Anchor Mia had recorded her pieces to camera, which would introduce the broadcast and link to each report. She added variety by sitting behind a desk for some of the links and standing in front of a screen for others.

School Reporters edit film
Editing is a vital part of the news-making process

Mia said she had listened to feedback from earlier practices, and had remembered to speak slowly and clearly, emphasising important words, while maintaining eye contact with the camera.

"I like being in front of the camera, there was only one person watching. I didn't mind it," she said.

The video editors set to work turning the interviews and film footage into news reports.

The national news and sports stories were the first to be edited.

"The editing has gone fine," said video editor Olivia of the first two stories. "Sport Relief was shot in the right sequence so it was easy to put together, and the model story didn't have many mistakes in it."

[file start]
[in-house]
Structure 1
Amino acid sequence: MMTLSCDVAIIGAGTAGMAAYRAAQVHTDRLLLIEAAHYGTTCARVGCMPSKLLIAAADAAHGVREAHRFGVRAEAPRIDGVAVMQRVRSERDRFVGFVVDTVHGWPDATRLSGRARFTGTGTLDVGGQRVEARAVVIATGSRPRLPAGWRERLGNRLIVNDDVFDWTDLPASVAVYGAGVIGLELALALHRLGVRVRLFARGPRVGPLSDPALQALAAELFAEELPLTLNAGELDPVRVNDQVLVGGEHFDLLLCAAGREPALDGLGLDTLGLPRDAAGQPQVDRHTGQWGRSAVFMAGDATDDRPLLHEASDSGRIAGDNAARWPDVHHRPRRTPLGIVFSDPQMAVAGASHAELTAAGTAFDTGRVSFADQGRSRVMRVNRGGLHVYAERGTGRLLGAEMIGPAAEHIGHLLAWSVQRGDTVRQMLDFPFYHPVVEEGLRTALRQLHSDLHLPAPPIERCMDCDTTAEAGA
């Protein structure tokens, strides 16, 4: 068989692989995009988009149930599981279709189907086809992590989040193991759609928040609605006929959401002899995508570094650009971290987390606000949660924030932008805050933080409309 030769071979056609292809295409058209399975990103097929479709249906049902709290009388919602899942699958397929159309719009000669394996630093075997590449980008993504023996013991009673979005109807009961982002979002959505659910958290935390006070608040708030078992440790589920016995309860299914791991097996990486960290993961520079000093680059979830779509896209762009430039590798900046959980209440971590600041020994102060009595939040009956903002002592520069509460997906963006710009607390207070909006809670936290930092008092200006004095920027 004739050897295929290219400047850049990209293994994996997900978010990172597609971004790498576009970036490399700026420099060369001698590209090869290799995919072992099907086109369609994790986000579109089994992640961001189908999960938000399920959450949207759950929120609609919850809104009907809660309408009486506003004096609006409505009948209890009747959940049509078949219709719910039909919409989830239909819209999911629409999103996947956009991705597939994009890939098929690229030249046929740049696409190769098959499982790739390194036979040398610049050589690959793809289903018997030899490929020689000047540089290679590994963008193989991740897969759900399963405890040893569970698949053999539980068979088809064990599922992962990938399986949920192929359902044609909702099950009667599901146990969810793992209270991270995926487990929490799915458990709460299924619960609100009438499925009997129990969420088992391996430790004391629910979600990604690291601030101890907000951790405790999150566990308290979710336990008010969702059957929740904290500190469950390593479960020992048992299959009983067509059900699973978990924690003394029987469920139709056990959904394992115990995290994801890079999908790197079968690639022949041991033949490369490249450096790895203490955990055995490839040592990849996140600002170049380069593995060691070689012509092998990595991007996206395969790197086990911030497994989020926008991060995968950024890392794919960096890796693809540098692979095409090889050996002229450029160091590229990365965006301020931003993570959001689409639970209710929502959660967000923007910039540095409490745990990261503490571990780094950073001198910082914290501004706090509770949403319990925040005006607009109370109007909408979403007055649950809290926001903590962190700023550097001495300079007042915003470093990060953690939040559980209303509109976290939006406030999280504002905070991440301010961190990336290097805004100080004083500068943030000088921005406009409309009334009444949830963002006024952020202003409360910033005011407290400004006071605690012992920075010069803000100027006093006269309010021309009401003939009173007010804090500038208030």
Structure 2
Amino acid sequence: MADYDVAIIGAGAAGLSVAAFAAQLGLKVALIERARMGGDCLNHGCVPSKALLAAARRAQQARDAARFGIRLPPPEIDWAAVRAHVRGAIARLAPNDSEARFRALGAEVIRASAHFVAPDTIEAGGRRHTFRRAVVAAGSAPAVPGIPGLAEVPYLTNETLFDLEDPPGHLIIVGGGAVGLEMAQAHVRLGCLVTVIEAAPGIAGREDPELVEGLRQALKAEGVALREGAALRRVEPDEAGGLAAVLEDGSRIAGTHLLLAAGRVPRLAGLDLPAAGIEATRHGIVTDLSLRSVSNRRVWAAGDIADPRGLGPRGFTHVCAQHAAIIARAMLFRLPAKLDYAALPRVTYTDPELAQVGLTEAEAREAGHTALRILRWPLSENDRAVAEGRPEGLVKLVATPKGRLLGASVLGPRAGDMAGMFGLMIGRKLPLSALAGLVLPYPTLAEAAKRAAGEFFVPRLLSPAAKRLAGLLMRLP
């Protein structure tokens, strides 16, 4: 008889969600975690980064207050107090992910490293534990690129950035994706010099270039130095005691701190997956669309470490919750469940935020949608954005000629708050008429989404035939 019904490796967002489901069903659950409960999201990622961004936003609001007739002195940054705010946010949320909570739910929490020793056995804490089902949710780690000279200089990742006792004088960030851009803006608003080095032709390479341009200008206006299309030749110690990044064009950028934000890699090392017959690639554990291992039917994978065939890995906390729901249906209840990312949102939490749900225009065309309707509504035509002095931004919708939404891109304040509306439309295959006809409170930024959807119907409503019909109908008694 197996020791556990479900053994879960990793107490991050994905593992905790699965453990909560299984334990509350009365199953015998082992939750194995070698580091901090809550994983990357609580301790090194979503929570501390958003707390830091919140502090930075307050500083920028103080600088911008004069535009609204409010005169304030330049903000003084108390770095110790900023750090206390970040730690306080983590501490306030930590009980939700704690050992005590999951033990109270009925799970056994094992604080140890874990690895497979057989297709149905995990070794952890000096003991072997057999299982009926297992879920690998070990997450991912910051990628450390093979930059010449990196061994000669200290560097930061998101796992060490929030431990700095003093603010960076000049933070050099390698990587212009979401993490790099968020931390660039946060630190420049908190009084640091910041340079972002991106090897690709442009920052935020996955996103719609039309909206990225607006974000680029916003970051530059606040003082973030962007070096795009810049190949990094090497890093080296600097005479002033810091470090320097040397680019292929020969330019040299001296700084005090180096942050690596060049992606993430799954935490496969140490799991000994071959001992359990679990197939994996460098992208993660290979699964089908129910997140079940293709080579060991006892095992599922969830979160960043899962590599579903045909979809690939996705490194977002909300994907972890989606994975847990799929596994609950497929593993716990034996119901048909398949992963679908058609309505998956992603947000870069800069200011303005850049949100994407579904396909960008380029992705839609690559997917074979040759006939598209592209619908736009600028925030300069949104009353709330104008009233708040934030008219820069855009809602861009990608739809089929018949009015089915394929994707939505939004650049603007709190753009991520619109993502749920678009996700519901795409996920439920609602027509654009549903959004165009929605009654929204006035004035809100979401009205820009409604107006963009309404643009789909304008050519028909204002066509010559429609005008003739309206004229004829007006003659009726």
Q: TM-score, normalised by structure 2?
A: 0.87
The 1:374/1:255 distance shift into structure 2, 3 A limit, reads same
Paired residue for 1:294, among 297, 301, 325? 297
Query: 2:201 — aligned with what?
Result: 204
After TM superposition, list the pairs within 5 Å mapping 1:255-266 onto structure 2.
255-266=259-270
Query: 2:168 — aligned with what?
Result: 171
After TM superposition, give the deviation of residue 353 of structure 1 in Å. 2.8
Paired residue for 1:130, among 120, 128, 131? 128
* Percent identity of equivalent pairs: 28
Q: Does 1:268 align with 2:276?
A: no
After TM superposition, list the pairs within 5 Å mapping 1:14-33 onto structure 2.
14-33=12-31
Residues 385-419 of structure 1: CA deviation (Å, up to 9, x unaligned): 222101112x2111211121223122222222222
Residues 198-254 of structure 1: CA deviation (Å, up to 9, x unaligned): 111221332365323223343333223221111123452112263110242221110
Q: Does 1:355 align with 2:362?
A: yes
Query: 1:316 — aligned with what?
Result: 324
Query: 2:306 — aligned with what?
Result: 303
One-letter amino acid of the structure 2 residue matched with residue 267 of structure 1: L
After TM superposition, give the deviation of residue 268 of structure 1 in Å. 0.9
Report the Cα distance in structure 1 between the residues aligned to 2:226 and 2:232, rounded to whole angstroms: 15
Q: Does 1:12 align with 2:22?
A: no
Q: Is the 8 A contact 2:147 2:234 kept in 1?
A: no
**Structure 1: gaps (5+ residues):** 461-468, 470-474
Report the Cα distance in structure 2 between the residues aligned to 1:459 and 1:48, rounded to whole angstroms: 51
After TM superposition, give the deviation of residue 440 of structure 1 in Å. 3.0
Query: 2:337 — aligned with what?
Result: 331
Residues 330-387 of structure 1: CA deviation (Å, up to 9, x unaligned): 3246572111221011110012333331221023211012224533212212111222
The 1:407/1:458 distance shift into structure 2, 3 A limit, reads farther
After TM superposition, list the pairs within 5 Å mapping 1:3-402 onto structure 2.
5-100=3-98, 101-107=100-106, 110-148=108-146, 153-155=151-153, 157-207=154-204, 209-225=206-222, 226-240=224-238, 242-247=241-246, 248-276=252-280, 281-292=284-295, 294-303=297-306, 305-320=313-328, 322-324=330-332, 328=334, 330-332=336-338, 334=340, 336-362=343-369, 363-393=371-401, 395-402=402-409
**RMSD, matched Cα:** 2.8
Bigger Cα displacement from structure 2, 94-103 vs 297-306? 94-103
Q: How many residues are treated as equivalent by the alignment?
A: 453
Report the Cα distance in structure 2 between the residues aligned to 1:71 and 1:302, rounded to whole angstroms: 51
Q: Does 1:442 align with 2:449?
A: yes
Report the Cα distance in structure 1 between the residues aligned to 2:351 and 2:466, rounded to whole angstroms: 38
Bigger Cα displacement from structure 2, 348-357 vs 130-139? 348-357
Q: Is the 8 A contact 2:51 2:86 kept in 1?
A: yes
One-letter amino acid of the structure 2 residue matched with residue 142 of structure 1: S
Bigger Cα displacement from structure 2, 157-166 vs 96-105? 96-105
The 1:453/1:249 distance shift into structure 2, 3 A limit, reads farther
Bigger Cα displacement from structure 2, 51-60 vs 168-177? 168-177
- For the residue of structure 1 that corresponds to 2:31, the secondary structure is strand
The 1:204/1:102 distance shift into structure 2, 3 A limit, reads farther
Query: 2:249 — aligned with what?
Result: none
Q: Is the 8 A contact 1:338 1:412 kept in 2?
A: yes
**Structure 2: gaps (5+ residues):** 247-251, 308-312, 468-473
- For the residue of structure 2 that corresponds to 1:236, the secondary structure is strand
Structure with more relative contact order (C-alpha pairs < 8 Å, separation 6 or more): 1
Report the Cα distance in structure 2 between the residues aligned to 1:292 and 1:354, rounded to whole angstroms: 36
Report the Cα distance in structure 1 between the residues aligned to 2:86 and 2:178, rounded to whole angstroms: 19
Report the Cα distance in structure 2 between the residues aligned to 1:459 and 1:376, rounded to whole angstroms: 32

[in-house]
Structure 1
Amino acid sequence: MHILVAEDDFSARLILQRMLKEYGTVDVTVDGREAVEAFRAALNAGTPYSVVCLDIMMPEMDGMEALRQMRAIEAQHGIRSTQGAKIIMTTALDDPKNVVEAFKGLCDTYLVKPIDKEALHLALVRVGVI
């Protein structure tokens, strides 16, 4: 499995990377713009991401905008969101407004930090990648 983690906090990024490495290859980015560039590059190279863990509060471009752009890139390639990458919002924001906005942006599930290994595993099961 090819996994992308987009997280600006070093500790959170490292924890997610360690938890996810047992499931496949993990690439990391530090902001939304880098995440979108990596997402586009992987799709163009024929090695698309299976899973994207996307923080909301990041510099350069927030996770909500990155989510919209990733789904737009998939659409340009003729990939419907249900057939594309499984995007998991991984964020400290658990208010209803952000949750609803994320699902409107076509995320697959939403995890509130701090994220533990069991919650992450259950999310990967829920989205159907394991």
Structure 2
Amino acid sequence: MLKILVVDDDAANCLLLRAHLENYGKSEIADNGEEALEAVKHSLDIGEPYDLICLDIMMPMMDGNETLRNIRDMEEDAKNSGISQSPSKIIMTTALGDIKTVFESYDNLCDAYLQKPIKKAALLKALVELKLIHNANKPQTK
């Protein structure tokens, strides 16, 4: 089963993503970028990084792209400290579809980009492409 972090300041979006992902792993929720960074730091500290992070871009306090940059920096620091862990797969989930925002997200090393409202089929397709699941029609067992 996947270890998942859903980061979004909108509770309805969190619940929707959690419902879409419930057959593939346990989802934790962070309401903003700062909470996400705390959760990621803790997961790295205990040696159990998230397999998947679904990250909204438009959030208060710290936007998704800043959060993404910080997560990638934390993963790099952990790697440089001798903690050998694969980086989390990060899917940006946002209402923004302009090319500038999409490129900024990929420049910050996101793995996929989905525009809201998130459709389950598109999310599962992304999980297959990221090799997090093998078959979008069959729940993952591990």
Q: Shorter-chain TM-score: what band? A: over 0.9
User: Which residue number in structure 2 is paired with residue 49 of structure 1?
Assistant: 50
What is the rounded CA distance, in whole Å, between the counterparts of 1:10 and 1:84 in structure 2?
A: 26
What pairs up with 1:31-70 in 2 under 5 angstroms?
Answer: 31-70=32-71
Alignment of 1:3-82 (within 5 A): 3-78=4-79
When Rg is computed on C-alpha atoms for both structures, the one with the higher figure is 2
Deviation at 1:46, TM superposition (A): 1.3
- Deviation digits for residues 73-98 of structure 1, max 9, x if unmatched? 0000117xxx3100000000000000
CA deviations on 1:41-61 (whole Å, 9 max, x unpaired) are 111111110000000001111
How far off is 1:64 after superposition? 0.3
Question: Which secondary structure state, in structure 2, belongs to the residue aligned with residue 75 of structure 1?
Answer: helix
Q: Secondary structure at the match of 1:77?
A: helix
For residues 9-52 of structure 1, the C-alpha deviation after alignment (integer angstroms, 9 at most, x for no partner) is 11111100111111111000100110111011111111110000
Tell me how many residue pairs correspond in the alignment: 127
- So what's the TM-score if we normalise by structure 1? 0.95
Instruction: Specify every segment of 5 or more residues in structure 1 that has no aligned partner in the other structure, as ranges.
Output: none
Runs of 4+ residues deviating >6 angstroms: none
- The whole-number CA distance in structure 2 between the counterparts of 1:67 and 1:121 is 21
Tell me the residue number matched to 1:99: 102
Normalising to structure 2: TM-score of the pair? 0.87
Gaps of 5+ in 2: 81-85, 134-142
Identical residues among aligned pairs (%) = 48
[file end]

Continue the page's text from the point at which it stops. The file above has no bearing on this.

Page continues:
However, they hit a problem when it came to the Oscars story. All the interviews and footage could not be transferred from the video camera into the editing software. This meant that they were unable to complete the report.

Entertainment reporter Faye said the team were disappointed and frustrated to be let down by the equipment after their hard work. "It was good and worthwhile," she said, "but we couldn't download our report".

1400: Deadline

The fruits of their day-long labour were shown to the students and several teachers.

Although the entertainment team didn't have a completed report, all the interviews they had done were still able to be shown on the overhead screen.

In a debrief, the young reporters agreed that on 11 March they should ensure they check the equipment before filming to make sure everything is working as it should.

The tired but relieved students and teachers were impressed with what they had accomplished.

Lead teacher Nasreen Irshad was delighted: "I was nervous to begin with, not having done a complete run-through before. As the day started to go on, I saw how enthusiastic and creative the girls were. I think they have excelled".

"It's been really fun and very successful," said editor Lara. "I'm really excited about News Day now."